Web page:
O’Donoghue began her career at St. Nicholas Catholic Academy in Williamsburg, which became Queen of the Rosary Catholic Academy in 2010 and eventually merged with Our Lady of Mount Carmel. In total, she served at her school for 20 years, remaining until the school closed during the pandemic. 

In the fall of 2020, she joined Immaculate Conception Catholic Academy, teaching a class returning from remote learning — a group of kids, she said, that “did not miss a beat.” She teaches eighth grade math, science, and religion, as well as seventh grade math and science. 

Brother Joseph Rocco became the principal at Immaculate Conception Catholic Academy the same year that O’Donoghue joined the faculty, and sees the veteran teacher as an inspiration. 

She’s one of the first people in the door in the morning, he said, and it is obvious to him that she sees teaching as more than a profession. It’s her vocation.

“She doesn’t just read the Gospel. She lives the Gospel, the message of Jesus, and everything she does comes from the heart,” Brother Rocco said.

From left: Emma Marina, eighth grade student; William Royer, eighth grade student; Mary O’Donoghue, eighth grade teacher; Brother Joseph Rocco, principal of Immaculate Conception Catholic Academy; John Notaro, the executive director of Futures in Education and the Catholic Foundation for Brooklyn and Queens. (Photo: Alicia Venter)

O’Donoghue’s graduating class of 25 eighth graders has flourished, largely in part to her teaching ability, Brother Rocco said. In total, they have received $525,000 in scholarships for their high school education, including one student earning a tuition-free ride to Regis High School, a private school that accepts less than 10% of its applicants.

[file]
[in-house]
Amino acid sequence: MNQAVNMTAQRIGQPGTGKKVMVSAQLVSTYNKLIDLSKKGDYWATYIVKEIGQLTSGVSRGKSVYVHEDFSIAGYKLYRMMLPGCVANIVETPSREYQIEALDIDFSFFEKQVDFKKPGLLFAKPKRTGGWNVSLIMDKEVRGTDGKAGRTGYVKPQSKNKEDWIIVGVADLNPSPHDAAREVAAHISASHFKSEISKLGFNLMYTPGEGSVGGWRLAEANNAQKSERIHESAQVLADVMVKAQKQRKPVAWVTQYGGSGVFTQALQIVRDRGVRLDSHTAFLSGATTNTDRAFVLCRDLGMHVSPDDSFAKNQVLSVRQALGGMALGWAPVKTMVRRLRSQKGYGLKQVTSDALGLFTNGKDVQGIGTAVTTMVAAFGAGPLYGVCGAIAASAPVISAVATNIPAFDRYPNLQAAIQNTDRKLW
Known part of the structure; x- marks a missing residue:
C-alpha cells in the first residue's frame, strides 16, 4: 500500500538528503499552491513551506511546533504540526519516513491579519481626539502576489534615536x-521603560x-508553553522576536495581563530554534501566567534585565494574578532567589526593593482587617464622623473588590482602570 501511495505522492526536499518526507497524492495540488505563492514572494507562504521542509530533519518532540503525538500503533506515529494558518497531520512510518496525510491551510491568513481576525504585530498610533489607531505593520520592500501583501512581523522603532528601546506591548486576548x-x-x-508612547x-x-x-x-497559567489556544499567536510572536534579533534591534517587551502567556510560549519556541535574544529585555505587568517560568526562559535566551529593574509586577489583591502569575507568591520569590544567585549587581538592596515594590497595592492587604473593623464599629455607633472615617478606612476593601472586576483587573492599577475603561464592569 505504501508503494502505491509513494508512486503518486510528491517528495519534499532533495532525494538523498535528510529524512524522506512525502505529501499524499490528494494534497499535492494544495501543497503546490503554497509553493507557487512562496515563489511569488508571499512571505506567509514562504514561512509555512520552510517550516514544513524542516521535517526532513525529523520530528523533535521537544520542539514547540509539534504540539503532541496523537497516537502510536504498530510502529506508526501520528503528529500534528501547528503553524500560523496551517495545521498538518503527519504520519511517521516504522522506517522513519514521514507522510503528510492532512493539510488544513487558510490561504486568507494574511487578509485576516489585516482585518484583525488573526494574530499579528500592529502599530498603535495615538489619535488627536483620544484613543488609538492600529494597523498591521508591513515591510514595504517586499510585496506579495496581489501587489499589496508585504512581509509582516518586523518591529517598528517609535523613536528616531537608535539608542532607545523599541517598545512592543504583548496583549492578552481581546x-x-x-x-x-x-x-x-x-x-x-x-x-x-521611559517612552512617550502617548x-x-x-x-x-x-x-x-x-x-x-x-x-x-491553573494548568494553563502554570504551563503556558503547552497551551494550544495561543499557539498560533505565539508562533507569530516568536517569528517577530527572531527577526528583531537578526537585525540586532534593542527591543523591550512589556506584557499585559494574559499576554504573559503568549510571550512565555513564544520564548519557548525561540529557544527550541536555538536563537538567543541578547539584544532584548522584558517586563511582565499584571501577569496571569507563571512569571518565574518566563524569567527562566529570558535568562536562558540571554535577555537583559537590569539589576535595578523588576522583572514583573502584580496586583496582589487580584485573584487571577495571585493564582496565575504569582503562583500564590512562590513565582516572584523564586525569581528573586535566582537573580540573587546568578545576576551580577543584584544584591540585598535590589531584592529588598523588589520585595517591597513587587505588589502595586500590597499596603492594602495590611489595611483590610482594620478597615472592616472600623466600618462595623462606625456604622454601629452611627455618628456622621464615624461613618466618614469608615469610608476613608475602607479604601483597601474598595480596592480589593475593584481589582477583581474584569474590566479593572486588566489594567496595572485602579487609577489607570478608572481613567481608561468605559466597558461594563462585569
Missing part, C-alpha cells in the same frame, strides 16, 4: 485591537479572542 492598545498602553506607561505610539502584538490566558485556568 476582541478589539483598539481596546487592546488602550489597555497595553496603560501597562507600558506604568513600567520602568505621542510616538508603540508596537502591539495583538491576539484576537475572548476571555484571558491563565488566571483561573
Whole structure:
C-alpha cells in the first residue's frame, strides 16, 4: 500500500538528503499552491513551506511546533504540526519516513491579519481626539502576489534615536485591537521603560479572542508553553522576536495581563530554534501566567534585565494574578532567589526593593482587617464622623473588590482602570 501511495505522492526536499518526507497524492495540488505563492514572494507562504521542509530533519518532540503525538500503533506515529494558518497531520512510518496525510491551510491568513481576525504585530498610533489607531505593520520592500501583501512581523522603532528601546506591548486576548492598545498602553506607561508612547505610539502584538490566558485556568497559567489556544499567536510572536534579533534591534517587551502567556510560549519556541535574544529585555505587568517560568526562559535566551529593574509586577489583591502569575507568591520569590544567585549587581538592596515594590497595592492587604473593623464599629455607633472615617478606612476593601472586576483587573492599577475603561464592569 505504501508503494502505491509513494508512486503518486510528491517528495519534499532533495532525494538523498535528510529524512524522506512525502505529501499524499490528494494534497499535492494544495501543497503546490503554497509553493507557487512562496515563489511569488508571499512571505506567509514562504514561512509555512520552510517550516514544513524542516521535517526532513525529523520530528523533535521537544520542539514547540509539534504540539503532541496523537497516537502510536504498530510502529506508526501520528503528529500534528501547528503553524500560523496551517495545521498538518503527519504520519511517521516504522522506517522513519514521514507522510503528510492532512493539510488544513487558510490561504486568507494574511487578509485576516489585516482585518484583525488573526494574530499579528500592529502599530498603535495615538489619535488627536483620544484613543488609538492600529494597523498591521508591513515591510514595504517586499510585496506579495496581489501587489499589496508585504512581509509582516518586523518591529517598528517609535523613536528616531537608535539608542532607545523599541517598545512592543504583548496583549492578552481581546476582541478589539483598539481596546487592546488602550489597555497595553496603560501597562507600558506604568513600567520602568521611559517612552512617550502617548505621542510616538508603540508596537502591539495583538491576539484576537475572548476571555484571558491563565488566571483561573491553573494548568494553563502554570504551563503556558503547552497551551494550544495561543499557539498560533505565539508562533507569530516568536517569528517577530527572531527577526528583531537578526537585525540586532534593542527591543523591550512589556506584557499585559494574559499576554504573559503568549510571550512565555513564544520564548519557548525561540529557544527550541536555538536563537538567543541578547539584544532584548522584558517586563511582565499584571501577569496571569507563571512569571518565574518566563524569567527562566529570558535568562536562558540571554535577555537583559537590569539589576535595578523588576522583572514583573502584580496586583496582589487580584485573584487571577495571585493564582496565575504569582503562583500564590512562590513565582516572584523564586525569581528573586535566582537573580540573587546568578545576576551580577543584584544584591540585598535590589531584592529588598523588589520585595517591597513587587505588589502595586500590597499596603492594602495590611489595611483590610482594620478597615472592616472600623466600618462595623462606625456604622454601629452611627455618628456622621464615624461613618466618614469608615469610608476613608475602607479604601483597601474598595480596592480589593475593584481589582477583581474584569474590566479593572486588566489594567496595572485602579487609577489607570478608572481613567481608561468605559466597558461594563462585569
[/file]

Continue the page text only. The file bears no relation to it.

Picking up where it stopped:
“You can see where she brought these kids from the first year she was here for math all the way up to the eighth grade,” Brother Rocco said. “She is a gem for Catholic education.”

Beyond algebra and geometry, O’Donoghue has proven herself the type of teacher who supports her students outside of the classroom. Emma Marina, an eighth grade student, has been at Immaculate Conception Catholic Academy “since nursery,” and has had a class with O’Donoghue since she joined the staff in 2020. 

Education-wise, she says, O’Donoghue is one of the best teachers she’s ever had; beyond school, she has helped Marina through personal issues and loss.

“She’s someone you could go up to and talk to about anything, and I know that’s happened to me before,” said Emma, who will be attending Archbishop Molloy High School in the fall.

One thought on “Futures in Education Honors a Teacher for ‘Heroic’ Catholic Classroom Efforts

  1. It was wonderful to be part of the evenings activies. I think it’s important to remember how Catholic schools started, and why they started. The schools were in the parishes for all children,whose parents wanted them to have a Catholic education. Thus was regardless if they were able to afford it. Futures in Education makes this possible for almost one third of the children in our diocese. It was energizing to be with so many cheerful givers. I especially was touched by the speeches about how Futures makes a difference in the lives of individual families.